In that climate, diplomacy seemed a non-starter. However, an unlikely candidate entered the fray – the European Union (EU). In 2003, three EU nations, the UK, Germany and France, initiated high-level diplomacy with Iran in an attempt to prevent a war and introduce mediation to the situation. The talks were rejected by the United States, which refused to take part, given its above-mentioned objectives. For the European nations, diplomacy was worth pursuing. Despite the UK, France and Germany being traditional allies of the United States, there was no appetite in Europe for more war in the Middle East. The war in Iraq was controversial, as many – including the United Nations, which refused to mandate the war – did not accept its rationale. The 2003 invasion of Iraq also divided Europe politically and caused mass popular protests. In this context, engaging Iran was a bold move of diplomacy – effectively stepping in the way of the world’s sole superpower when it was at its most belligerent. The talks were initially inconclusive, but they at least succeeded in engaging Iran in diplomacy, stalling its nuclear programme and offering a path to resolution other than confrontation.
In the years that followed invasion, military operations in Iraq and Afghanistan became deeply troubled as both nations (for different reasons) descended into instability. This required a longer-term, and more substantial, military presence by the United States than had been planned. As a result, the US became bogged down and was not in a position to realistically pursue a military strategy against Iran. Thus, it joined the EU-Iran talks, albeit reluctantly, in 2006. China and Russia also joined, making it a truly international diplomatic affair. It took almost a decade, but the parties finally reached agreement in July 2015. That agreement is a marvel of diplomacy. What were once mutually opposing positions characterised by decades of mistrust between the United States and Iran were painstakingly worked on by diplomats at all levels over many rounds of diplomacy until compromises acceptable to both sides were found.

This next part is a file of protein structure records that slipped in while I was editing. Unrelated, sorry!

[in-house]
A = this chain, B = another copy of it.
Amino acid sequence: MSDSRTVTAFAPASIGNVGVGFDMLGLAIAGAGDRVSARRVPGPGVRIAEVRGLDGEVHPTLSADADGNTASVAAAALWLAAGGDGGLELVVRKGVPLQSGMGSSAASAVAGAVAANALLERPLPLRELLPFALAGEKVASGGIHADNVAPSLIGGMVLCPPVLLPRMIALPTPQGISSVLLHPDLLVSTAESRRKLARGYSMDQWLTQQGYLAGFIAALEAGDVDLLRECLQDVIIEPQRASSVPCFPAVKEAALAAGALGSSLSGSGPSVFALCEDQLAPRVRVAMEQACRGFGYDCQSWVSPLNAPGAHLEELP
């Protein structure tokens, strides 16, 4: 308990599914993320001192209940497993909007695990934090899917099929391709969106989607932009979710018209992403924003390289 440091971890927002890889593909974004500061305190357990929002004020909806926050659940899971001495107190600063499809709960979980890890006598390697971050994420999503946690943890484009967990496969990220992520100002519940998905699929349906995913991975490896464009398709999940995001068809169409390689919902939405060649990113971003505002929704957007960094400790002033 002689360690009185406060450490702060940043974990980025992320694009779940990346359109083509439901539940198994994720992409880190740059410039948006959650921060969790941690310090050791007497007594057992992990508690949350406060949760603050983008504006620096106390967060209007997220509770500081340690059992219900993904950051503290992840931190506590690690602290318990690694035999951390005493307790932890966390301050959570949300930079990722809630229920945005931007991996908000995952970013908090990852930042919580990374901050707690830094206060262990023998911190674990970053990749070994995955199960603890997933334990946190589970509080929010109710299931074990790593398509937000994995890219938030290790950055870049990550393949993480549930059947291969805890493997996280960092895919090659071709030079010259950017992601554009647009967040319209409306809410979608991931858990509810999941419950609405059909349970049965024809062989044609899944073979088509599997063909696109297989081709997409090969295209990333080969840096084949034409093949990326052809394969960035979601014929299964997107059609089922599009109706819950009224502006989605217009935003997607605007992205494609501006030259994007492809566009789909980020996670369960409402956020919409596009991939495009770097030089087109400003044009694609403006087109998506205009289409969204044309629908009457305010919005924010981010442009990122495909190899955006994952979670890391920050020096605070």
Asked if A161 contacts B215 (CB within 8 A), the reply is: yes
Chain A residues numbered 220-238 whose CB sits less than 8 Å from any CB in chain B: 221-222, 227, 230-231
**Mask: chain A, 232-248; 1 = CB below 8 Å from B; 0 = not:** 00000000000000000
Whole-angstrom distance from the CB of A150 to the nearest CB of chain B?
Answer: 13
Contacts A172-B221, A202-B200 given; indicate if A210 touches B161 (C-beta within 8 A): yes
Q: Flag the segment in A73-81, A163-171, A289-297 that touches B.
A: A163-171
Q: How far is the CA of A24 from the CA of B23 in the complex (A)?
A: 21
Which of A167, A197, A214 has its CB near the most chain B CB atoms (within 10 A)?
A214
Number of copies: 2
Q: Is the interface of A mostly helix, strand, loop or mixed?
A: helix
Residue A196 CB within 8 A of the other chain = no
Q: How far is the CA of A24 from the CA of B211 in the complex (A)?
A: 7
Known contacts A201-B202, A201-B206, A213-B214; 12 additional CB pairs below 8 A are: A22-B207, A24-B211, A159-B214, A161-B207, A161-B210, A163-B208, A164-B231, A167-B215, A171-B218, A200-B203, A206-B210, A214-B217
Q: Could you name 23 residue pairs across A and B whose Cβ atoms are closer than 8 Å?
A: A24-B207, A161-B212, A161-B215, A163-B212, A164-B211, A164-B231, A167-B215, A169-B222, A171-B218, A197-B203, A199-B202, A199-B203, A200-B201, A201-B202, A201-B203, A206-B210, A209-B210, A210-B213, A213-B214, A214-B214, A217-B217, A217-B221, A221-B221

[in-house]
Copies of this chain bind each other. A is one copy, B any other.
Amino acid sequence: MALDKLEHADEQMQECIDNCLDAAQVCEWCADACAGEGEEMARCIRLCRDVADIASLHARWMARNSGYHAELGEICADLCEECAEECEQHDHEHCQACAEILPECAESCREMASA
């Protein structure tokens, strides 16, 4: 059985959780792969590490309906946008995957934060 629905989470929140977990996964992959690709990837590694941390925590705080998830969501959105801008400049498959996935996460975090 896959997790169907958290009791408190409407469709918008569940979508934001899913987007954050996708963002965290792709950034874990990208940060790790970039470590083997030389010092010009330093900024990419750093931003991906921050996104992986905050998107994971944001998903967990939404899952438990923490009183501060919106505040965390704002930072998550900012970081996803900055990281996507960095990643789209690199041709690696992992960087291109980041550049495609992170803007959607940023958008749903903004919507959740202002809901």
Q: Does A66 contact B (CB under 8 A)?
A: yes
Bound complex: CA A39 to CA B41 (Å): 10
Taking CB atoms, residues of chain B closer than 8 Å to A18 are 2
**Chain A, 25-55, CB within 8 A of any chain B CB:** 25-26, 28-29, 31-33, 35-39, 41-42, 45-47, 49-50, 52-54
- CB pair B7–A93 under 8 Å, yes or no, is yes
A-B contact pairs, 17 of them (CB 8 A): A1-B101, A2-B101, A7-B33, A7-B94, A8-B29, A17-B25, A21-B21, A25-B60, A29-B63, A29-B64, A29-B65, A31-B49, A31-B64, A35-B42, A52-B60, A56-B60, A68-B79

Personal relationships between the diplomats were also built during the years of the negotiations, and these helped transcend state rivalries. Wendy Sherman, the US lead negotiator, recalled how she and her Iranian counterpart, Abbas Araghchi, both became grandparents during their negotiations and shared videos of their grandchildren with each other. Personal relationships like this do not dissolve or change pre-set national interests on either side, but they were instrumental in both sides developing the resolve to work tirelessly and not give up until they were able to agree on key parameters. Similar personal relations were developed between officials at the highest level when they spent 17 days locked in intense discussions in Vienna during the concluding phase of the negotiations. Sherman later described the scene on the final day, with all the diplomatic personnel gathered together, as US Secretary of State John Kerry addressed the parties: